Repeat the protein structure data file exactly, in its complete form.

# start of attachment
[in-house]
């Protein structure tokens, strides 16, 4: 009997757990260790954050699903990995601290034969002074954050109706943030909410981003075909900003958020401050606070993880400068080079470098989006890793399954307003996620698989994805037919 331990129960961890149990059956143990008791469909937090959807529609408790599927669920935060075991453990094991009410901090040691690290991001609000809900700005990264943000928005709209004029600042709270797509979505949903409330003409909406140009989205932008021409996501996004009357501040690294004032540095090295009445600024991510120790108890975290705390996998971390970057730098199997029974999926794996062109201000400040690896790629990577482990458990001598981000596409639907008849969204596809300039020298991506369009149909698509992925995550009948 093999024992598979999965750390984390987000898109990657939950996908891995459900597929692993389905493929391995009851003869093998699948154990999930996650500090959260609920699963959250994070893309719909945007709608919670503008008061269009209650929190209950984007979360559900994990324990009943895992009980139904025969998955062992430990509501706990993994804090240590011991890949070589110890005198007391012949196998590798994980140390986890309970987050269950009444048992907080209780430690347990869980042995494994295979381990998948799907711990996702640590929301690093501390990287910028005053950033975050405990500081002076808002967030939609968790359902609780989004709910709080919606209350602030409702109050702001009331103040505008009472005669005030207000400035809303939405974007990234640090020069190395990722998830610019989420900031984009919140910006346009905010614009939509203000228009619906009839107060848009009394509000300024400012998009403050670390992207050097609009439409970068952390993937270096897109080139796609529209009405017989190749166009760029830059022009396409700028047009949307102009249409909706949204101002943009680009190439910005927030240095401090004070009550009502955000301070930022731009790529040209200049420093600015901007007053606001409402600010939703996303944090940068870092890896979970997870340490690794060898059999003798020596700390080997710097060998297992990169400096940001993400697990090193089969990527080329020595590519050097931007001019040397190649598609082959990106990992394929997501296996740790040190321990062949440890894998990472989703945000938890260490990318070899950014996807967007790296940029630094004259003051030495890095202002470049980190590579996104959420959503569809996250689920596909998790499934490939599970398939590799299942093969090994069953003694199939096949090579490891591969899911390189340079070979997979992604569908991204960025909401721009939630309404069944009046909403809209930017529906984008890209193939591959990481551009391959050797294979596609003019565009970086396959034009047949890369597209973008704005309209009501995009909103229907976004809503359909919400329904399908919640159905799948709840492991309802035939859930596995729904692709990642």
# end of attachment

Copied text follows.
[in-house]
């Protein structure tokens, strides 16, 4: 009997757990260790954050699903990995601290034969002074954050109706943030909410981003075909900003958020401050606070993880400068080079470098989006890793399954307003996620698989994805037919 331990129960961890149990059956143990008791469909937090959807529609408790599927669920935060075991453990094991009410901090040691690290991001609000809900700005990264943000928005709209004029600042709270797509979505949903409330003409909406140009989205932008021409996501996004009357501040690294004032540095090295009445600024991510120790108890975290705390996998971390970057730098199997029974999926794996062109201000400040690896790629990577482990458990001598981000596409639907008849969204596809300039020298991506369009149909698509992925995550009948 093999024992598979999965750390984390987000898109990657939950996908891995459900597929692993389905493929391995009851003869093998699948154990999930996650500090959260609920699963959250994070893309719909945007709608919670503008008061269009209650929190209950984007979360559900994990324990009943895992009980139904025969998955062992430990509501706990993994804090240590011991890949070589110890005198007391012949196998590798994980140390986890309970987050269950009444048992907080209780430690347990869980042995494994295979381990998948799907711990996702640590929301690093501390990287910028005053950033975050405990500081002076808002967030939609968790359902609780989004709910709080919606209350602030409702109050702001009331103040505008009472005669005030207000400035809303939405974007990234640090020069190395990722998830610019989420900031984009919140910006346009905010614009939509203000228009619906009839107060848009009394509000300024400012998009403050670390992207050097609009439409970068952390993937270096897109080139796609529209009405017989190749166009760029830059022009396409700028047009949307102009249409909706949204101002943009680009190439910005927030240095401090004070009550009502955000301070930022731009790529040209200049420093600015901007007053606001409402600010939703996303944090940068870092890896979970997870340490690794060898059999003798020596700390080997710097060998297992990169400096940001993400697990090193089969990527080329020595590519050097931007001019040397190649598609082959990106990992394929997501296996740790040190321990062949440890894998990472989703945000938890260490990318070899950014996807967007790296940029630094004259003051030495890095202002470049980190590579996104959420959503569809996250689920596909998790499934490939599970398939590799299942093969090994069953003694199939096949090579490891591969899911390189340079070979997979992604569908991204960025909401721009939630309404069944009046909403809209930017529906984008890209193939591959990481551009391959050797294979596609003019565009970086396959034009047949890369597209973008704005309209009501995009909103229907976004809503359909919400329904399908919640159905799948709840492991309802035939859930596995729904692709990642």